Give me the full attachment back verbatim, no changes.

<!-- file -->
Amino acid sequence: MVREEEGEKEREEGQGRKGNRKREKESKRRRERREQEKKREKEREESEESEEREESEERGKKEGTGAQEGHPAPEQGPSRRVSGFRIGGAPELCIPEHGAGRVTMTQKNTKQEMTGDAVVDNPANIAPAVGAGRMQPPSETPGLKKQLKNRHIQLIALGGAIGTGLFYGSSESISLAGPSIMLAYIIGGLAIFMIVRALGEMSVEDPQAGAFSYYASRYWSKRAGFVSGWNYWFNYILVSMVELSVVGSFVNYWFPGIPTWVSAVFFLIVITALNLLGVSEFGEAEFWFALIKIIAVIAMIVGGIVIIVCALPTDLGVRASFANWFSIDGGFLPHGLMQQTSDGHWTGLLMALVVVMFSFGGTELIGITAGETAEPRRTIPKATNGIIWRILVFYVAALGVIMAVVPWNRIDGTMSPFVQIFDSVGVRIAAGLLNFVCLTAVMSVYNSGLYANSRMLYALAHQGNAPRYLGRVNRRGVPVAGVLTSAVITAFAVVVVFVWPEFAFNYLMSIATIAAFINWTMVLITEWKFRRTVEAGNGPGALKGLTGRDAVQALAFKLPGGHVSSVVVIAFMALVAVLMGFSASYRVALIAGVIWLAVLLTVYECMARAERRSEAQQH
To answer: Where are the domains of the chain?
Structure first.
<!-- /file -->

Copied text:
Amino acid sequence: MVREEEGEKEREEGQGRKGNRKREKESKRRRERREQEKKREKEREESEESEEREESEERGKKEGTGAQEGHPAPEQGPSRRVSGFRIGGAPELCIPEHGAGRVTMTQKNTKQEMTGDAVVDNPANIAPAVGAGRMQPPSETPGLKKQLKNRHIQLIALGGAIGTGLFYGSSESISLAGPSIMLAYIIGGLAIFMIVRALGEMSVEDPQAGAFSYYASRYWSKRAGFVSGWNYWFNYILVSMVELSVVGSFVNYWFPGIPTWVSAVFFLIVITALNLLGVSEFGEAEFWFALIKIIAVIAMIVGGIVIIVCALPTDLGVRASFANWFSIDGGFLPHGLMQQTSDGHWTGLLMALVVVMFSFGGTELIGITAGETAEPRRTIPKATNGIIWRILVFYVAALGVIMAVVPWNRIDGTMSPFVQIFDSVGVRIAAGLLNFVCLTAVMSVYNSGLYANSRMLYALAHQGNAPRYLGRVNRRGVPVAGVLTSAVITAFAVVVVFVWPEFAFNYLMSIATIAAFINWTMVLITEWKFRRTVEAGNGPGALKGLTGRDAVQALAFKLPGGHVSSVVVIAFMALVAVLMGFSASYRVALIAGVIWLAVLLTVYECMARAERRSEAQQH
To answer: Where are the domains of the chain?
Structure first.